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OCAJP – How to create and overload constructors in Java?

     -     Dec 11th, 2016   -     OCAJP (SCJA)   -     0 Comments

We are writing the series of posts on OCAJP certification exam. We are offering OCAJP 7, OCAJP 8, OCPJP 6, OCPJP 7 and OCPJP 8 for programmer level certifications. Keep watching our blog updates for the interesting tips on certification topics.

We have also written about how to prepare for OCAJP and how to prepare for OCPJP certifications. This posts are very useful if you are looking for guidance on preparing for the certification exams.

How to use constructors in Java - OCAJP Certification Exam

This post is about the OCAJP exam objective”Create and overload constructors; including impact on default constructors“.You will be tested in the exam about default constructors and constructor with return type. At the end of this article, you will be able to understand the different syntax’s for overloading the constructors.

What is Constructors in Java?

Constructors are block of code that are similar to a method that’s called when an instance of an object is created. The key differences between a constructor and a method is a constructor doesn’t have a return type and the name of the constructor must be the same as the name of the class. Where as a method has a retrun type.

Here is some of the characteristics of a constructor:

  • Constructor is like a method that contains exactly class name and has no return type.
  • Constructor will be called at the time of object creation.
  • When you are creating object, the corresponding constructor will be called.
  • If you type return type for constructor, it becomes a normal method but not a constructor.

Example :

public class Test {
	Test(){
		System.out.println("oca");//prints oca
	}
	public static void main(String[] args) {
		Test t =	new Test();	
	}

}
  • When you are creating Test class object, the corresponding constructor will be called. So it prints oca
  • In the above example, class name is Test so constructor name is also Test.
  • Constructor name must exactly match the class name.
  • If constructor name differs from class name , compiler gives compile time error.Because compiler thinks that you are supposed to write method but return type is missed.So it gives compile time error.
  • Look at the below example to understand this point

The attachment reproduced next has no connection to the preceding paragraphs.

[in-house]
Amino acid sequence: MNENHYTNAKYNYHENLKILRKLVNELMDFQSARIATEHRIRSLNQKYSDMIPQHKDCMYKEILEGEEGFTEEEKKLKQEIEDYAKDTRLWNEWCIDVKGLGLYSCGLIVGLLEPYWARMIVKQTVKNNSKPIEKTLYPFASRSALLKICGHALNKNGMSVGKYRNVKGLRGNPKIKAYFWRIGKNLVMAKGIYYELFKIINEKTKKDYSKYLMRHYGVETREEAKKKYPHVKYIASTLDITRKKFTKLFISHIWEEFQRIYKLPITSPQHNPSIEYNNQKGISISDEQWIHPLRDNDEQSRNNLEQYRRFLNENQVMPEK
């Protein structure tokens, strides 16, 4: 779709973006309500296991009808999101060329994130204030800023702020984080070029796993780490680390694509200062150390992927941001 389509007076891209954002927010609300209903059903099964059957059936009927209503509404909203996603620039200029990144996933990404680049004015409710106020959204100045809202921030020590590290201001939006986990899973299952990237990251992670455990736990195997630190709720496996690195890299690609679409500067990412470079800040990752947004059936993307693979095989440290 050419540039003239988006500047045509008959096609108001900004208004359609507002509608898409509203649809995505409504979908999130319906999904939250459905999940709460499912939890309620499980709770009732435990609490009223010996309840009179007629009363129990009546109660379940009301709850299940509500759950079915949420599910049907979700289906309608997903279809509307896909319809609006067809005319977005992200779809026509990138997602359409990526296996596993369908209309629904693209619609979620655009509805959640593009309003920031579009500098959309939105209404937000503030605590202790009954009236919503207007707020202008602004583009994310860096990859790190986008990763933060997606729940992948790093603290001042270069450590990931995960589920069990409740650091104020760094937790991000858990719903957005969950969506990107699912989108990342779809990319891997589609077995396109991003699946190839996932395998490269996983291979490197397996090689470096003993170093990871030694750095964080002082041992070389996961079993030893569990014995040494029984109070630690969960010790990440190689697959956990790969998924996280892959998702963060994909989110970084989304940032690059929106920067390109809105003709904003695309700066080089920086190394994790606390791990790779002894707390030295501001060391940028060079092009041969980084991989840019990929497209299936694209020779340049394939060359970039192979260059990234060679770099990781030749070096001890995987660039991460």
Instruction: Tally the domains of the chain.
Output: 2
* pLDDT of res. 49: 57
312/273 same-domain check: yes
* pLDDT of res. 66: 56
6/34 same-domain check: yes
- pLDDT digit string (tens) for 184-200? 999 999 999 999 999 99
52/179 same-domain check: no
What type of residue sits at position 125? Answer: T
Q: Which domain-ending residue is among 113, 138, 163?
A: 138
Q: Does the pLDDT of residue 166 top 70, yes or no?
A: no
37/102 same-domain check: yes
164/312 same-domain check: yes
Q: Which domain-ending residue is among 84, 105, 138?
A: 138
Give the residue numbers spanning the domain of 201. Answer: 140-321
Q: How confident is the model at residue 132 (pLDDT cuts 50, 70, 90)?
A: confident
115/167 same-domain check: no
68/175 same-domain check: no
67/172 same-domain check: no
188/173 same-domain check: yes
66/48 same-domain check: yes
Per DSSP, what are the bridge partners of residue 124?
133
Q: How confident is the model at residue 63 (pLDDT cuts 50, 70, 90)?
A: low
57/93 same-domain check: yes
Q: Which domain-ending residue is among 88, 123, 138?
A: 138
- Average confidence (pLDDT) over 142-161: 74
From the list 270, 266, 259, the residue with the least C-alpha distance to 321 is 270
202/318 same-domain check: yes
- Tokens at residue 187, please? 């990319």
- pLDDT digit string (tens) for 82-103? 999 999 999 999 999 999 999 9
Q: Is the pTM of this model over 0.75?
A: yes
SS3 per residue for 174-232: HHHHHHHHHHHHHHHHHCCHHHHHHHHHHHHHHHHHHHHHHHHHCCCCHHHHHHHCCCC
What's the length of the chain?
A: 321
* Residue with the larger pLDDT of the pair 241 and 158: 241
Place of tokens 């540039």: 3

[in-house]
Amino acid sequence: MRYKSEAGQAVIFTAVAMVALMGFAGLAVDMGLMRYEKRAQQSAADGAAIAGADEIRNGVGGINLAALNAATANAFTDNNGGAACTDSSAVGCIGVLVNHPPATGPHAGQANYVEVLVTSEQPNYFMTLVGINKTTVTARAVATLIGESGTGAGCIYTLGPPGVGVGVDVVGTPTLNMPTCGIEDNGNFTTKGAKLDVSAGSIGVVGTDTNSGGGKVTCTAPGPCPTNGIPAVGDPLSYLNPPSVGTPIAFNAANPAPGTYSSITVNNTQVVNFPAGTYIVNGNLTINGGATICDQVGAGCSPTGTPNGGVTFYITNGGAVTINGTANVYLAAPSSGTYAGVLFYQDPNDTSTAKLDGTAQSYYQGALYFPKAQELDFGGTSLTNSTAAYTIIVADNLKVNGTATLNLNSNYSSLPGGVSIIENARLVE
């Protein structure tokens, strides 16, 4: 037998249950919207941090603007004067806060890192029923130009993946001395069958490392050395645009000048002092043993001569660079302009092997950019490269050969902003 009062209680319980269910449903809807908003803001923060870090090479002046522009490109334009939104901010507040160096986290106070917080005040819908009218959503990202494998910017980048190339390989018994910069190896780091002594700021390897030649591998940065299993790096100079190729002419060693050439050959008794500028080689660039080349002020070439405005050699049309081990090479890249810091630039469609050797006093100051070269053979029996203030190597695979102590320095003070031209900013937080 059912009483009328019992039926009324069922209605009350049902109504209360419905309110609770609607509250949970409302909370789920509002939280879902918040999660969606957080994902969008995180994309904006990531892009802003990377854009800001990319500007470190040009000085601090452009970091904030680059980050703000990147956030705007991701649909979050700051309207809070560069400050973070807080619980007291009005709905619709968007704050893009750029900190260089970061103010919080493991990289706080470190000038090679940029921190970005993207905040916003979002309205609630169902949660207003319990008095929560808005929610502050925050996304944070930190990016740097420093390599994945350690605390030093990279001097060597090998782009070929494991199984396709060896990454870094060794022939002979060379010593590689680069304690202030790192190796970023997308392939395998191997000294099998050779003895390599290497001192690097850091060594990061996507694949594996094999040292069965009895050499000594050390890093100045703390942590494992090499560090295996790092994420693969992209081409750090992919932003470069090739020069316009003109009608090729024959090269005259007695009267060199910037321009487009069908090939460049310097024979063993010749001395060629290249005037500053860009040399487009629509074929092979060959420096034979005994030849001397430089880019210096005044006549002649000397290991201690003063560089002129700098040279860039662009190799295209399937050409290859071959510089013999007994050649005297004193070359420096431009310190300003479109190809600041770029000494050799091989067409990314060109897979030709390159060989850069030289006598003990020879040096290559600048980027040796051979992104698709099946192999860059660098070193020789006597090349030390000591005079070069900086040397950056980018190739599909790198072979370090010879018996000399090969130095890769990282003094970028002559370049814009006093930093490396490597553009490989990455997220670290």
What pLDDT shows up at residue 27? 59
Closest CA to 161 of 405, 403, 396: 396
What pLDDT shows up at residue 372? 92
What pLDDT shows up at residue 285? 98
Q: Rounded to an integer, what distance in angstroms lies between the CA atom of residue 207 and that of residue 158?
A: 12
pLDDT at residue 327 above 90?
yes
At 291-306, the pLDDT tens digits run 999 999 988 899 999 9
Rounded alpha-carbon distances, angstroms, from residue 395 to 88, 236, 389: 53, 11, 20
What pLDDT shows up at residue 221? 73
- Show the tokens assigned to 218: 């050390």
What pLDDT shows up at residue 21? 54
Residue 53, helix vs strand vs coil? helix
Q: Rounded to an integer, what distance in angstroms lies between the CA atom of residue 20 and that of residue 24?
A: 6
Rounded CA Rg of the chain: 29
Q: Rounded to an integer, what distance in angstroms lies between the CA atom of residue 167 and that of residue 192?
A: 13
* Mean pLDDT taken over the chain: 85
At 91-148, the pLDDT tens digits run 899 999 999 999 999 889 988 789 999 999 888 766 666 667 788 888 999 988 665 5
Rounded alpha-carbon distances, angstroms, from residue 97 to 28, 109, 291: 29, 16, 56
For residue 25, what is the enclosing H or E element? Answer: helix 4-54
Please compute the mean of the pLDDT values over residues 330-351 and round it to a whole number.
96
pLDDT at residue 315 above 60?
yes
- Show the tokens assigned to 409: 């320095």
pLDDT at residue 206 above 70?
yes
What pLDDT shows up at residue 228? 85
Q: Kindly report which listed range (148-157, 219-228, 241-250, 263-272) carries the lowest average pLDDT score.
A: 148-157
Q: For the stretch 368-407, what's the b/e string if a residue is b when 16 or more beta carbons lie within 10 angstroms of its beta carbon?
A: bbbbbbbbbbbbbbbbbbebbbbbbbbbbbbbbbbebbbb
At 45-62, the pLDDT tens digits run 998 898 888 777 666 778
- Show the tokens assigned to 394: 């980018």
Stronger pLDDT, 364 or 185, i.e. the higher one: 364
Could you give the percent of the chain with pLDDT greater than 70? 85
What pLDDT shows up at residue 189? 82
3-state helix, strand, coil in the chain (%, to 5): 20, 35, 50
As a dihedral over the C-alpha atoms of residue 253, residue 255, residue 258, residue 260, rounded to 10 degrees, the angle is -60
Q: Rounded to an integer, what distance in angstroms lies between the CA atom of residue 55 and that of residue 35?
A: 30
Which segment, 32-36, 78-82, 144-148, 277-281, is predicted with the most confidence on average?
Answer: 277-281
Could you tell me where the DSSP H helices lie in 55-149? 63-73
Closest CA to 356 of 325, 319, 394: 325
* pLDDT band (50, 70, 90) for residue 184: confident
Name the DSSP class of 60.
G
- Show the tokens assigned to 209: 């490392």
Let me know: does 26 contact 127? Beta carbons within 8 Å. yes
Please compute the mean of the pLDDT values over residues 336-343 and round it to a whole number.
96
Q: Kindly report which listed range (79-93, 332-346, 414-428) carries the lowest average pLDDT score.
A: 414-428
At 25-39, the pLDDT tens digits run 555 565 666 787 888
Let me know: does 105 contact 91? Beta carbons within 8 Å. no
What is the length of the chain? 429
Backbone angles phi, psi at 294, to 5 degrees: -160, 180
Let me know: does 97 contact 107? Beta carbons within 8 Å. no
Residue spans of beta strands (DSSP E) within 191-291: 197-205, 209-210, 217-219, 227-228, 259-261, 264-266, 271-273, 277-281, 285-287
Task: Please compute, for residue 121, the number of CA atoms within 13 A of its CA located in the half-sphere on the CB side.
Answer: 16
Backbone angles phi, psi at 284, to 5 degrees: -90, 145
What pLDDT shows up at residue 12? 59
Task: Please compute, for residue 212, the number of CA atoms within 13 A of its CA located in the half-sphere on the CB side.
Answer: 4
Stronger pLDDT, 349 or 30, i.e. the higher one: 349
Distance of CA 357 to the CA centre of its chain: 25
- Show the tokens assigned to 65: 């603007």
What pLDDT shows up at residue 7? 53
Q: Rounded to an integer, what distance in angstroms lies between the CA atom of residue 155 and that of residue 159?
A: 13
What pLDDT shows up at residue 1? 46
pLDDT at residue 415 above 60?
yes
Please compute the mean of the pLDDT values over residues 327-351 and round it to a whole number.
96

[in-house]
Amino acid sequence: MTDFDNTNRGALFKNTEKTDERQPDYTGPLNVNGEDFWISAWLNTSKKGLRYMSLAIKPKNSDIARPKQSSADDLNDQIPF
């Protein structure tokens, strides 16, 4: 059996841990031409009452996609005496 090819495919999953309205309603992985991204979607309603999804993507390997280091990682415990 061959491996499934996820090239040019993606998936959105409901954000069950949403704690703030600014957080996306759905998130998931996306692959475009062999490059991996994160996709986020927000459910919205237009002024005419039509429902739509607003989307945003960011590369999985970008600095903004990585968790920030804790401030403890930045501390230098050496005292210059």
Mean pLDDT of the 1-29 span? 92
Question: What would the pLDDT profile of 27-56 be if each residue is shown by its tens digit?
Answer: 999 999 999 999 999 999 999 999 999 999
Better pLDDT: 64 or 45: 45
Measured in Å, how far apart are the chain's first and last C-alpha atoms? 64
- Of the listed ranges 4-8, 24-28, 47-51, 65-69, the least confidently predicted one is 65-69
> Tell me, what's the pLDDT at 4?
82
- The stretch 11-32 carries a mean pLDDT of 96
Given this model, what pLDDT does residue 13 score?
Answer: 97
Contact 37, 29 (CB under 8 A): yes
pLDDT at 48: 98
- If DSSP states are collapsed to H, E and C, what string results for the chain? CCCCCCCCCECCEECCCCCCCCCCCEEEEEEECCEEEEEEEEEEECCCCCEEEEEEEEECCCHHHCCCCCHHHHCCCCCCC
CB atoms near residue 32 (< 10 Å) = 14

Example :

public class Test {
	test(){ //compile time error at this line
		System.out.println("oca");
	}
	public static void main(String[] args) {
		Test t =	new Test();	
	}

}

  • If you type return type for constructor, it becomes a normal method but not a constructor.
  • Look at the below example to understand this point

Example :

public class Test {
	void Test(){
		System.out.println("oca");
	}
	public static void main(String[] args) {
		Test t =	new Test();	
	}

}

  • If you run above program, you don’t get any output.Because there is return type for constructor, so it is a normal method.
  • To execute that method , you need to call explicitly.
  • For constructor , you can give four access modifiers public , protected, private , default(without specifying).
  • If you give public to constructor, You can create object for that class in the same class and from any class of any package.
  • If you give protected to constructor, You can create object for that class in the same class and from all classes of same package and from sub classes of other packages.
  • If you give default to constructor(none is specified), You can create object for that class in the same class and from all classes of same package and you can’t create from classes of other packages.
  • If you give private to constructor, You can create object for that class in the same class and you can’t create from classes of same or other packages.
  • A constructor is used to initialize instance variables

Example :

public class Test {
	private int value1;
	private int value2;

	Test(int value1, int value2) {
		this.value1 = value1;
		this.value2 = value2;
	}

	public static void main(String[] args) {
		Test t = new Test(7, 8);
		System.out.println(t.value1 + " " + t.value2);// prints 7 8
	}

}